This primer accompanies the article Eight Keys For A Successful Migration To 802.11n.
802.11n is designed to provide over-the-air transmission speeds of up
to 300 Mbps with data throughputs of 150 Mbps. Indoor range is up to
500 feet (150 meters) and 1,300 feet (400 meters), both about twice
that of current 802.11a/b/g technologies.
At the heart of the 802.11n enhancements are two new technologies:
In addition, 802.11n supports both 2.4 GHz transmissions with 802.11b/g
backward compatibility that can be turned on and off, as well as 5 GHz
transmissions with 802.11a backward compatibility which can also be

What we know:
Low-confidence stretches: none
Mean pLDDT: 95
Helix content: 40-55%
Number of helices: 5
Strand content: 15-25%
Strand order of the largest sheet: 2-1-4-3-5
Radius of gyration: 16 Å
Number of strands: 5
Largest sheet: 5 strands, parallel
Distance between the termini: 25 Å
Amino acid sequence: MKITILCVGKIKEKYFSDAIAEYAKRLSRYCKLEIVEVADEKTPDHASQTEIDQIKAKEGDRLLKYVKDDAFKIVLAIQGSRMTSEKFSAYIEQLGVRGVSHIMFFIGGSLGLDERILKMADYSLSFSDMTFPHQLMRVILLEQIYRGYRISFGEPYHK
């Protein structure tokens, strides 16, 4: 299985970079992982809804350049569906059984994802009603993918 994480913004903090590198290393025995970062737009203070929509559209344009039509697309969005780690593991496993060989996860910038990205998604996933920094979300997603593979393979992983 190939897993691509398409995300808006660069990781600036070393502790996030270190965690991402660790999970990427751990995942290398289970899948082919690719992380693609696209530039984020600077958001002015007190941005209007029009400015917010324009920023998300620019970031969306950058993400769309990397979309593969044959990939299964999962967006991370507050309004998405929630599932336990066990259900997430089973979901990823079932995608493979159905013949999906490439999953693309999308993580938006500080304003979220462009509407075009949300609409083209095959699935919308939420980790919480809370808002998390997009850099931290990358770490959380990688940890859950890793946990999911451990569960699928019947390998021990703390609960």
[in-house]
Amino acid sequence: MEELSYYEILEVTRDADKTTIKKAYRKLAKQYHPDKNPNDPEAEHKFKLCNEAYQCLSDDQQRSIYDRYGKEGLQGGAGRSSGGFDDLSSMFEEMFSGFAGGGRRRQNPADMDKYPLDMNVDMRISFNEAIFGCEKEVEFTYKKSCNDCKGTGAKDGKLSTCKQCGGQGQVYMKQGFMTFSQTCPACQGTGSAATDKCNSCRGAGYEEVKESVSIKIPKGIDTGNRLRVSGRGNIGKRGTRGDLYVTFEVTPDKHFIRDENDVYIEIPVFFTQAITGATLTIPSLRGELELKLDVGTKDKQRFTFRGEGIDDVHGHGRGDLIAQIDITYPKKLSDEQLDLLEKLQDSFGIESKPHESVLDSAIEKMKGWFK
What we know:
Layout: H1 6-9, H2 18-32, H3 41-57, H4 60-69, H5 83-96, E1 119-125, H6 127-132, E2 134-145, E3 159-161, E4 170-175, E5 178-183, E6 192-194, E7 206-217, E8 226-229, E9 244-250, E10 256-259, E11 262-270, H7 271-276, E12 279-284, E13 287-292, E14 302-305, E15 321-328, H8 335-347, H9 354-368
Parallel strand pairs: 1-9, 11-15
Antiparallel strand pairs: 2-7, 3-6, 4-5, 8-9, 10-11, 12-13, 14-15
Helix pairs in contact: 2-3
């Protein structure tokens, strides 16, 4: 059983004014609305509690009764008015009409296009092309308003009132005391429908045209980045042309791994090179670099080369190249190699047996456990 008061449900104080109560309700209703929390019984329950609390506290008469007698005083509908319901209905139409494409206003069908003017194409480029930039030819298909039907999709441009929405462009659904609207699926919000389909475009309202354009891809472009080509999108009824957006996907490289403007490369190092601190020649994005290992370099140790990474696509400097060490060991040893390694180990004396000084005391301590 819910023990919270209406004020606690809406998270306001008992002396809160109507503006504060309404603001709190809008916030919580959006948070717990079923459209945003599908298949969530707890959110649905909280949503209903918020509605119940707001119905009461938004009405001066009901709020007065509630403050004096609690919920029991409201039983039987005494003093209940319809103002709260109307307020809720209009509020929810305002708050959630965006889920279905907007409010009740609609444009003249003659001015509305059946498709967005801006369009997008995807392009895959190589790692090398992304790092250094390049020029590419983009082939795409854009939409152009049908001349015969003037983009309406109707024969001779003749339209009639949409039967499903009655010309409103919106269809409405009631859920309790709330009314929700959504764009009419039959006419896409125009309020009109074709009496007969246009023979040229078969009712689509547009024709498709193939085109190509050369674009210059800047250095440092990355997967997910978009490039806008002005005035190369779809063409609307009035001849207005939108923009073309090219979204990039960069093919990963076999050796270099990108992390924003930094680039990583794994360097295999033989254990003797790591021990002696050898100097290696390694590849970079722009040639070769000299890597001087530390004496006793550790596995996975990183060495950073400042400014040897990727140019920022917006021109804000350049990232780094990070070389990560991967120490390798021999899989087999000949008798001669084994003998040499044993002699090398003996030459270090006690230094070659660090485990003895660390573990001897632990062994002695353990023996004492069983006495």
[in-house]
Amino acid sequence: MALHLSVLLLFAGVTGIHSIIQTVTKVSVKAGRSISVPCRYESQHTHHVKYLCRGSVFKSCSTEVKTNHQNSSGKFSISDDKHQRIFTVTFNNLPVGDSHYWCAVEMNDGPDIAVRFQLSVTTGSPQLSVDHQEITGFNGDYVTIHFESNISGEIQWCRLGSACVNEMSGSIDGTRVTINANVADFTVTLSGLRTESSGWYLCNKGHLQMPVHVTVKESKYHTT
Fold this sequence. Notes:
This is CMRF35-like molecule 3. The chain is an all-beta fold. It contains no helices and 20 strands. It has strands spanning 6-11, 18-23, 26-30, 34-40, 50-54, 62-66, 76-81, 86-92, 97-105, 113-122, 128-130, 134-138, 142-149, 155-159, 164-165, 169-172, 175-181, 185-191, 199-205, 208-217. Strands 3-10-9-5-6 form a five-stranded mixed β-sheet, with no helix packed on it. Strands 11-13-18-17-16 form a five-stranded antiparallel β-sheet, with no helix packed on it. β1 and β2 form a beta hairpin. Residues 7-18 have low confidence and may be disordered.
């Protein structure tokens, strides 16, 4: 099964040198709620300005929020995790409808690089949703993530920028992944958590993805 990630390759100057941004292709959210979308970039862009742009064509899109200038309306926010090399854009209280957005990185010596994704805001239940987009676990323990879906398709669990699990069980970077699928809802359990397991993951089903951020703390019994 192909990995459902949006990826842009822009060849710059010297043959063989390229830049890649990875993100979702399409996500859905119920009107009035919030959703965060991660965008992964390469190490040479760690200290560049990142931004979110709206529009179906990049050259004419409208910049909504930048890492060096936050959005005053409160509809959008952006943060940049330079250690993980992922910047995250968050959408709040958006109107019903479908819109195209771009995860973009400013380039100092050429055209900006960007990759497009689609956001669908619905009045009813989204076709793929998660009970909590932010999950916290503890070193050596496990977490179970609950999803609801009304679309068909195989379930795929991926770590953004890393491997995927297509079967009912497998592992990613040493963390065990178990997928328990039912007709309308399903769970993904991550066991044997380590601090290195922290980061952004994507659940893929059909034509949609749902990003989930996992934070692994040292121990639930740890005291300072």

turned on and off.
- MIMO (for Multiple Input, Multiple Output) -- On the
transmit side, MIMO allows multiple data streams to use the same
frequency but over different spatial channels via Spatial Division
Multiplexing (SDM). This increases both the transmission power and data
that can be sent over air. On the receiving side, MIMO can combine
signals from multiple paths to improve reception quality. In
802.11a/b/g devices, multipath signals are considered channel
interference, while 802.11n turns that into an advantage by using it as
a way to recover message information from the signal.
- Channel Bonding -- 802.11n can double the channel width
compared to 802.11a/g technologies, from 20 MHz to 40 MHz using a
channel bonding mechanism that results in a doubling of data rate